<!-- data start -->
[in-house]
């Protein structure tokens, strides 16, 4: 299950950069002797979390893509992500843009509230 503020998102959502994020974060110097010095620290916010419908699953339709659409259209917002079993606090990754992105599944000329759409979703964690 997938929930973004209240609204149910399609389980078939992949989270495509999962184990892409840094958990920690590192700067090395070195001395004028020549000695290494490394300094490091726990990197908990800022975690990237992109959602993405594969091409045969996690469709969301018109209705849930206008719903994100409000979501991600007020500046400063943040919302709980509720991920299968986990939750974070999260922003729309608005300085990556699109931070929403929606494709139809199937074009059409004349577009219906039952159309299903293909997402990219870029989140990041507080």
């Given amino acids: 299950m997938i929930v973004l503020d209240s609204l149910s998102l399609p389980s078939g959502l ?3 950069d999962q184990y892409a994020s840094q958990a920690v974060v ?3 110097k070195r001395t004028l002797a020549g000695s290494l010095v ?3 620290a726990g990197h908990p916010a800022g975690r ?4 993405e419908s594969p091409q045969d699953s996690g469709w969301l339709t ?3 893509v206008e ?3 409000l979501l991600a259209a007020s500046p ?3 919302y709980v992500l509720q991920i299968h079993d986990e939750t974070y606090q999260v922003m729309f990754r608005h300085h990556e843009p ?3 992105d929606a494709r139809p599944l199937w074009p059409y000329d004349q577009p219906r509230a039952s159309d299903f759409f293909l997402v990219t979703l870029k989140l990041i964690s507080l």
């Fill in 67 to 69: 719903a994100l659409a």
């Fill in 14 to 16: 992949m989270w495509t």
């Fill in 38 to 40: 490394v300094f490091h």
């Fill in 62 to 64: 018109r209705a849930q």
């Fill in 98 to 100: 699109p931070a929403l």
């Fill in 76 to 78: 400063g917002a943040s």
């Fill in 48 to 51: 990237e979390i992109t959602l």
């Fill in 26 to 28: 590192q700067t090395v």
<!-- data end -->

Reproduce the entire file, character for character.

[in-house]
């Protein structure tokens, strides 16, 4: 299950950069002797979390893509992500843009509230 503020998102959502994020974060110097010095620290916010419908699953339709659409259209917002079993606090990754992105599944000329759409979703964690 997938929930973004209240609204149910399609389980078939992949989270495509999962184990892409840094958990920690590192700067090395070195001395004028020549000695290494490394300094490091726990990197908990800022975690990237992109959602993405594969091409045969996690469709969301018109209705849930206008719903994100409000979501991600007020500046400063943040919302709980509720991920299968986990939750974070999260922003729309608005300085990556699109931070929403929606494709139809199937074009059409004349577009219906039952159309299903293909997402990219870029989140990041507080």
């Given amino acids: 299950m997938i929930v973004l503020d209240s609204l149910s998102l399609p389980s078939g959502l ?3 950069d999962q184990y892409a994020s840094q958990a920690v974060v ?3 110097k070195r001395t004028l002797a020549g000695s290494l010095v ?3 620290a726990g990197h908990p916010a800022g975690r ?4 993405e419908s594969p091409q045969d699953s996690g469709w969301l339709t ?3 893509v206008e ?3 409000l979501l991600a259209a007020s500046p ?3 919302y709980v992500l509720q991920i299968h079993d986990e939750t974070y606090q999260v922003m729309f990754r608005h300085h990556e843009p ?3 992105d929606a494709r139809p599944l199937w074009p059409y000329d004349q577009p219906r509230a039952s159309d299903f759409f293909l997402v990219t979703l870029k989140l990041i964690s507080l």
């Fill in 67 to 69: 719903a994100l659409a």
């Fill in 14 to 16: 992949m989270w495509t």
């Fill in 38 to 40: 490394v300094f490091h």
């Fill in 62 to 64: 018109r209705a849930q």
């Fill in 98 to 100: 699109p931070a929403l």
């Fill in 76 to 78: 400063g917002a943040s």
């Fill in 48 to 51: 990237e979390i992109t959602l």
């Fill in 26 to 28: 590192q700067t090395v």